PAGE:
Marx Realty has announced an extensive renovation project at 545 Madison Avenue to modernize the Midtown office building. The scope of work includes an overhaul of the lobby, creation of pre-built tenant suites on the third and 14th floors, and the construction of 5,000 square feet of new amenity spaces. According to representatives from the company, total construction costs for the project hover around $24 million and represent the growing demand for offices with hospitality-oriented amenities.
Proposals to construct a new observation deck on the upper floors of the Chrysler Building have arrived for review by the Landmarks Preservation Commission. As promised by Aby Rosen, co-founder of RFR Holding and part-owner of the Midtown East icon, these plans comprise just one phase of his vision to invigorate interior spaces of the landmark at 405 Lexington Avenue with new restaurants, a food hall, and retail spaces.
Exterior work is progressing on 232 East 54th Street, a topped-out 420-foot-tall residential tower in Midtown East. Designed by Ismael Leyva Architects, the 40-story structure is located between Second and Third Avenues near a number of notable buildings such as the Lipstick Building at 885 Third Avenue and the 915-foot-tall Citigroup Center, aka 610 Lexington Avenue. YIMBY last reported that Elk Investors was listed as the exclusive developer of the building, though ownership may have fully transferred to Mossanen Group and an LLC known as East 54th St. Properties.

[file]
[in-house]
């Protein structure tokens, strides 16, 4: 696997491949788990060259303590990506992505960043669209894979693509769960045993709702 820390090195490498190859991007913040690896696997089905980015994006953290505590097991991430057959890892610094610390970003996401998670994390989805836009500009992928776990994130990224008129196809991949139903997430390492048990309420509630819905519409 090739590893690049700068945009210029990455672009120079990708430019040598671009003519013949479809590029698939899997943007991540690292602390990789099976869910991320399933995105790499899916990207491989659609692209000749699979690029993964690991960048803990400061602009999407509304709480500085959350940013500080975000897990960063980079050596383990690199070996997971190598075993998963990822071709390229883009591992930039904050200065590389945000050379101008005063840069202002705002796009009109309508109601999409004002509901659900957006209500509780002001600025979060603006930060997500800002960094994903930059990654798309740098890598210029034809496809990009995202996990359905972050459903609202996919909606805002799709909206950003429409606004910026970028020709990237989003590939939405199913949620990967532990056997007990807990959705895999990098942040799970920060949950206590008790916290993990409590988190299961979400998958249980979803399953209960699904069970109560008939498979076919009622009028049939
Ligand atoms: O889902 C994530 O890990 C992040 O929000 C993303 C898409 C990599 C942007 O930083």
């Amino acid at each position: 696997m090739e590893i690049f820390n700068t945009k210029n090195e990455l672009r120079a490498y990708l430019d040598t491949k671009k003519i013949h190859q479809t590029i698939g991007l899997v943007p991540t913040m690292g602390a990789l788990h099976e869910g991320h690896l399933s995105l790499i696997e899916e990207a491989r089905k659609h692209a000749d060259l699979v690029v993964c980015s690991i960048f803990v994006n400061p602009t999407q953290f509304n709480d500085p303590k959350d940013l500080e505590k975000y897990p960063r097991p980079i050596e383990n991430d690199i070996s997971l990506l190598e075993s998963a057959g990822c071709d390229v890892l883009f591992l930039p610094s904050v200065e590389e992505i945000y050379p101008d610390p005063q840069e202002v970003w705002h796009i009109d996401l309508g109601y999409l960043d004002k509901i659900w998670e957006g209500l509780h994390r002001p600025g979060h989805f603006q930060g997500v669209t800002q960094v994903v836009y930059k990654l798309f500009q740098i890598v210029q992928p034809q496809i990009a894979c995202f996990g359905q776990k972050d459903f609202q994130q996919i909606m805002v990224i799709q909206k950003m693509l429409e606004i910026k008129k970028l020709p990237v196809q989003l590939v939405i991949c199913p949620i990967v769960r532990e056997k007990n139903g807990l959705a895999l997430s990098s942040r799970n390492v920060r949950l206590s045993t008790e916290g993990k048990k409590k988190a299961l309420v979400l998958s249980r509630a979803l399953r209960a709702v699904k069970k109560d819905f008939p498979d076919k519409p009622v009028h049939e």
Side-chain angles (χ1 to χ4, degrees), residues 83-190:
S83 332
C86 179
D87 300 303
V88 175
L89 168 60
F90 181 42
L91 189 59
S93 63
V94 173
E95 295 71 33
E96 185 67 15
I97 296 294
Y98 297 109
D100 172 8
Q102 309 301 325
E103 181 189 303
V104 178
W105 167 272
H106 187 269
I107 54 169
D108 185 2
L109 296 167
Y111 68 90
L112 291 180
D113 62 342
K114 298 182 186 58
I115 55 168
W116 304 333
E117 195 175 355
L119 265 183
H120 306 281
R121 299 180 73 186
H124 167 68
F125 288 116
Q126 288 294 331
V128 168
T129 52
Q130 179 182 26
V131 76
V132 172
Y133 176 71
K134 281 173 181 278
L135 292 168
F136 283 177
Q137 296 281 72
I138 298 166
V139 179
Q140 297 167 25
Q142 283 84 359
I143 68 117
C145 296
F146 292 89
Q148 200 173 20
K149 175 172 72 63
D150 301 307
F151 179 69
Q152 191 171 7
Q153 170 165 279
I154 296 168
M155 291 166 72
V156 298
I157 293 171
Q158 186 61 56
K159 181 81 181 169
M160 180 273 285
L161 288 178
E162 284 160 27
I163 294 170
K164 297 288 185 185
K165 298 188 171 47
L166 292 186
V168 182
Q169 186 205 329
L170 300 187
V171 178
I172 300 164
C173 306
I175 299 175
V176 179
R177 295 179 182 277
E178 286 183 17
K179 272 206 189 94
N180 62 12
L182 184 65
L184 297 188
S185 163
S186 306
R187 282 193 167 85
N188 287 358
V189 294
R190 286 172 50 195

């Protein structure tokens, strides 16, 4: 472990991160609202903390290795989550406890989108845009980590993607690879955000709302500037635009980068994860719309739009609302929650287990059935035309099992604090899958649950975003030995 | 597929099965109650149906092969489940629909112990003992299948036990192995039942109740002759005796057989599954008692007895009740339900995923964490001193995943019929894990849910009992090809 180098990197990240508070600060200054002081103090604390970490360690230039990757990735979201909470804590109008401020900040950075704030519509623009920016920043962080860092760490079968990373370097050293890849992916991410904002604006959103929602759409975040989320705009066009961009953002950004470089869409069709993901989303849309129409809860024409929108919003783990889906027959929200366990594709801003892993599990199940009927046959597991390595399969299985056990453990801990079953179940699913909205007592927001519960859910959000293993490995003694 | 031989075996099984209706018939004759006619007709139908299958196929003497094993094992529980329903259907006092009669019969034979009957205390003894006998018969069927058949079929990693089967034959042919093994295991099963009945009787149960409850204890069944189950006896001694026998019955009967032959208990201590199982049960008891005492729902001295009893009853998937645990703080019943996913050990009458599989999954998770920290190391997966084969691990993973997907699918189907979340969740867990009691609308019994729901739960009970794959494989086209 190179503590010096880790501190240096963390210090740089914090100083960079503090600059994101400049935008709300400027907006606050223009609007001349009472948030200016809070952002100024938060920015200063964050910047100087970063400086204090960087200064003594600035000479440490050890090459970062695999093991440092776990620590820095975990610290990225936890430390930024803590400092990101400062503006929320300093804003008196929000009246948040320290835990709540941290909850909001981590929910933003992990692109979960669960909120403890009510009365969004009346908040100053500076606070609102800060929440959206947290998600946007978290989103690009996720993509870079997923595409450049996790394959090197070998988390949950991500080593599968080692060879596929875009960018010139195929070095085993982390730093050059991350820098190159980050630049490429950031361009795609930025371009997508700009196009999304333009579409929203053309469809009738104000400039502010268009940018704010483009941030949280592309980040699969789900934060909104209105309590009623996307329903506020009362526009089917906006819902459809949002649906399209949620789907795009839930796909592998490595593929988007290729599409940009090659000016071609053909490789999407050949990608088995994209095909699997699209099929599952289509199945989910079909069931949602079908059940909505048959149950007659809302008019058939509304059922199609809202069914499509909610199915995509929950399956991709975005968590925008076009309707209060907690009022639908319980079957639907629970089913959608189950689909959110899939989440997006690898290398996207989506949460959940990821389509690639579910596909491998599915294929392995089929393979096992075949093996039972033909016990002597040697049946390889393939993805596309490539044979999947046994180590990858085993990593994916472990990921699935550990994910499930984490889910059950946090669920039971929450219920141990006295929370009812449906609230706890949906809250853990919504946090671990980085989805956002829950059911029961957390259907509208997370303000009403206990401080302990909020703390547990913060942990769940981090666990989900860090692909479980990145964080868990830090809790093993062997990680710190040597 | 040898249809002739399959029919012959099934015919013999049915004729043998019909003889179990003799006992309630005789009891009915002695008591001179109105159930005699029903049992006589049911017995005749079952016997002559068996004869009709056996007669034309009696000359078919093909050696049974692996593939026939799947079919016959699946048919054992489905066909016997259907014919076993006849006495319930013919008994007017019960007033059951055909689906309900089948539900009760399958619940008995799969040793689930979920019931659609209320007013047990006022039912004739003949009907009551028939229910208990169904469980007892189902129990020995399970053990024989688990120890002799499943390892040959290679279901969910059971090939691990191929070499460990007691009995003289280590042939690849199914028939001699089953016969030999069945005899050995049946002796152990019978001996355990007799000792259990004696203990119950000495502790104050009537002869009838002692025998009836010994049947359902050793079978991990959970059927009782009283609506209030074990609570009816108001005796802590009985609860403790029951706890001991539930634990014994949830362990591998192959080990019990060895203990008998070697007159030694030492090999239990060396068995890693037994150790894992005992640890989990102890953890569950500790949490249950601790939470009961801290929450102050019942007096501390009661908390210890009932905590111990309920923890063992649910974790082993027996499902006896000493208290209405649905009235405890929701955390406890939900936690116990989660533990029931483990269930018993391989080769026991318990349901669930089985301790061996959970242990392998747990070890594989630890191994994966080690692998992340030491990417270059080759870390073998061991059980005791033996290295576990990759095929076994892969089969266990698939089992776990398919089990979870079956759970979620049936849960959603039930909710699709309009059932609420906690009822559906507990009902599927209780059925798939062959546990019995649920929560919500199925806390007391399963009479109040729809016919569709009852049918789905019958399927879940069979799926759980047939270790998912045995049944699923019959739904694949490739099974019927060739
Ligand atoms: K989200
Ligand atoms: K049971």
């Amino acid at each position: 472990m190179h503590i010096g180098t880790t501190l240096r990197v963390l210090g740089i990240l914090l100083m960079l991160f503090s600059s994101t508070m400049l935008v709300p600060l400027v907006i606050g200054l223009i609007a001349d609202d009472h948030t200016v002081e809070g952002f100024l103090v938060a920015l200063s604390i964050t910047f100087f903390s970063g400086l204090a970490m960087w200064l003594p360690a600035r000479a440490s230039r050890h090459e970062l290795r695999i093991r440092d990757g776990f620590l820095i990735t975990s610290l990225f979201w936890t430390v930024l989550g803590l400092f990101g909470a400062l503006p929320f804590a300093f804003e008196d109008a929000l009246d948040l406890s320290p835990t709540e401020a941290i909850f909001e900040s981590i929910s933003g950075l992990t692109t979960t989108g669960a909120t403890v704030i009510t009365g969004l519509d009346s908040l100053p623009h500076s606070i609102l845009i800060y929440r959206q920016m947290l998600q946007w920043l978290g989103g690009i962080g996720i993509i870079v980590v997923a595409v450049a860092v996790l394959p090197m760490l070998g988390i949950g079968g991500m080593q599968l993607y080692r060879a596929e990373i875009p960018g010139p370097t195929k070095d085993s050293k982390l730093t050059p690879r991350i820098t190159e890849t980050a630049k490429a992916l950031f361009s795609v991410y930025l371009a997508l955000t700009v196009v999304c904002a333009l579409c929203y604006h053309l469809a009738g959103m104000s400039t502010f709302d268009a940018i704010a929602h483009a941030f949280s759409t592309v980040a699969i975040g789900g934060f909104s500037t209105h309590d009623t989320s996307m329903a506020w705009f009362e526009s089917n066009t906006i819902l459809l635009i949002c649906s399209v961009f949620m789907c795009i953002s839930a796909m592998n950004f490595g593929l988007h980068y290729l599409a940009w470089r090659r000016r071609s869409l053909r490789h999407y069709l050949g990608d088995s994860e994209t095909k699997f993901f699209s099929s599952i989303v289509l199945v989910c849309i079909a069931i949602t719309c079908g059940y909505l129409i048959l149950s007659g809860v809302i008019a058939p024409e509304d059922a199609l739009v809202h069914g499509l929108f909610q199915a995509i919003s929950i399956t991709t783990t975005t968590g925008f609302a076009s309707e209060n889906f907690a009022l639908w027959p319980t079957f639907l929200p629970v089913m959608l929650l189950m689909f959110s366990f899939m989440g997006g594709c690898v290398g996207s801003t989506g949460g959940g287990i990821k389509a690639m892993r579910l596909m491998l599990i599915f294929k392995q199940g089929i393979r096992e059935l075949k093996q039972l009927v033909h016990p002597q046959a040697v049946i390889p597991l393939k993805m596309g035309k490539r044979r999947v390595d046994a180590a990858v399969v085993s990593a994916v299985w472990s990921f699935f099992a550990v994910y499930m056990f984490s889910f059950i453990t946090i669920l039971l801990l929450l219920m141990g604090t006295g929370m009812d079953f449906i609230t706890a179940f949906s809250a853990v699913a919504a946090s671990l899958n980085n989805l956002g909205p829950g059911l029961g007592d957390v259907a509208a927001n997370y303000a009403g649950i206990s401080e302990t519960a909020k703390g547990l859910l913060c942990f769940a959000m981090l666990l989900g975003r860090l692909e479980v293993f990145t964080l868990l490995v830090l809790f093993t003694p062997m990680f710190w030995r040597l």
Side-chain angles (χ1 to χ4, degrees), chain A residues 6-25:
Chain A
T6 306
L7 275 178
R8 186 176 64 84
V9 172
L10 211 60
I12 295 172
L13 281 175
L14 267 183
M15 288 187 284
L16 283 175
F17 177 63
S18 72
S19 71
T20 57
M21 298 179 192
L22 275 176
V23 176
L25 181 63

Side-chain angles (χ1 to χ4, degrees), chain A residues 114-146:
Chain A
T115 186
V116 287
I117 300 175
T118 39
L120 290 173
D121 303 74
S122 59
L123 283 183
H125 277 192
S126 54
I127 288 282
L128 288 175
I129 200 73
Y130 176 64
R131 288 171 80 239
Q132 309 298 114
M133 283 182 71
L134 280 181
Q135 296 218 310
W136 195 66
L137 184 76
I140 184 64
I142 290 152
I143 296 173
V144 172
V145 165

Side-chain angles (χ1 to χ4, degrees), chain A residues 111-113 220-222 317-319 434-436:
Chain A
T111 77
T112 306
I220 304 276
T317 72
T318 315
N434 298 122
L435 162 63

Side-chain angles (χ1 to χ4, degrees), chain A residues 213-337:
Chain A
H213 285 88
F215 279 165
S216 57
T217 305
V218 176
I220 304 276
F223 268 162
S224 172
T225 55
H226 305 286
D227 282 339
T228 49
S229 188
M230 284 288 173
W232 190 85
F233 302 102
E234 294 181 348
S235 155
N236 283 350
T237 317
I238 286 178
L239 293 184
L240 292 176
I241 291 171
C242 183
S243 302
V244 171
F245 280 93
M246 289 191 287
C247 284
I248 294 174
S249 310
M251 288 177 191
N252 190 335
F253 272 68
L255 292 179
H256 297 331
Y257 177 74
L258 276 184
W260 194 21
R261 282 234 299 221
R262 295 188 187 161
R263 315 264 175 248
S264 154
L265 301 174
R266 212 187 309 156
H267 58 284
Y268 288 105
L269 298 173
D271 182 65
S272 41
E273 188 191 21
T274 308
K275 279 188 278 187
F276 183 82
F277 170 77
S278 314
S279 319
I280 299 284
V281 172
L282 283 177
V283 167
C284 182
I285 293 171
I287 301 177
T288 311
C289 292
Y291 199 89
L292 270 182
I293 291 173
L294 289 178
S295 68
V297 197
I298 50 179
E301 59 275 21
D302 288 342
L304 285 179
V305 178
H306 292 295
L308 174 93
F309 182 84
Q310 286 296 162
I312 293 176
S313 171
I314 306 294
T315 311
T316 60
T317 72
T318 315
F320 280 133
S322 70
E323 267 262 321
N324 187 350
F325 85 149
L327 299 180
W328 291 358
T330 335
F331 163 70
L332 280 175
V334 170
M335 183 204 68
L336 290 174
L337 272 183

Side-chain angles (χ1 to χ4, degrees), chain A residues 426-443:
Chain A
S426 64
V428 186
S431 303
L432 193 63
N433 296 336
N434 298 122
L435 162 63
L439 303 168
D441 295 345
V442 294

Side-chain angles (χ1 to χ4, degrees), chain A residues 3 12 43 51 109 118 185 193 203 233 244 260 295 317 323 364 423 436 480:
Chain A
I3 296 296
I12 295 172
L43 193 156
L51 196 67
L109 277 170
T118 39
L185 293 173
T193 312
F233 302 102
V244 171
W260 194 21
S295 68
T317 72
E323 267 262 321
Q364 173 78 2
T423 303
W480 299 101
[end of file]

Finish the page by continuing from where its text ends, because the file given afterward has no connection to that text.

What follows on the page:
Demolition has begun for JP Morgan Chase‘s 52-story former headquarters at 270 Park Avenue, which was once known as the Union Carbide Building. The financial titan is razing the 707-foot-tall mid-century skyscraper to make way for a massive 1,425-foot-tall, 2.5-million-square-foot supertall that will be among the tallest structures in New York City.
YIMBY stopped by 303 East 44th Street in Midtown East, the site of a planned 600-foot-tall residential skyscraper from ODA Architects and Triangle Assets. Located along East 44th Street between First and Second Avenues, the 88,000-square-foot development is designed to yield roughly 44 condominiums spanning between 1,000 and 2,000 square feet apiece.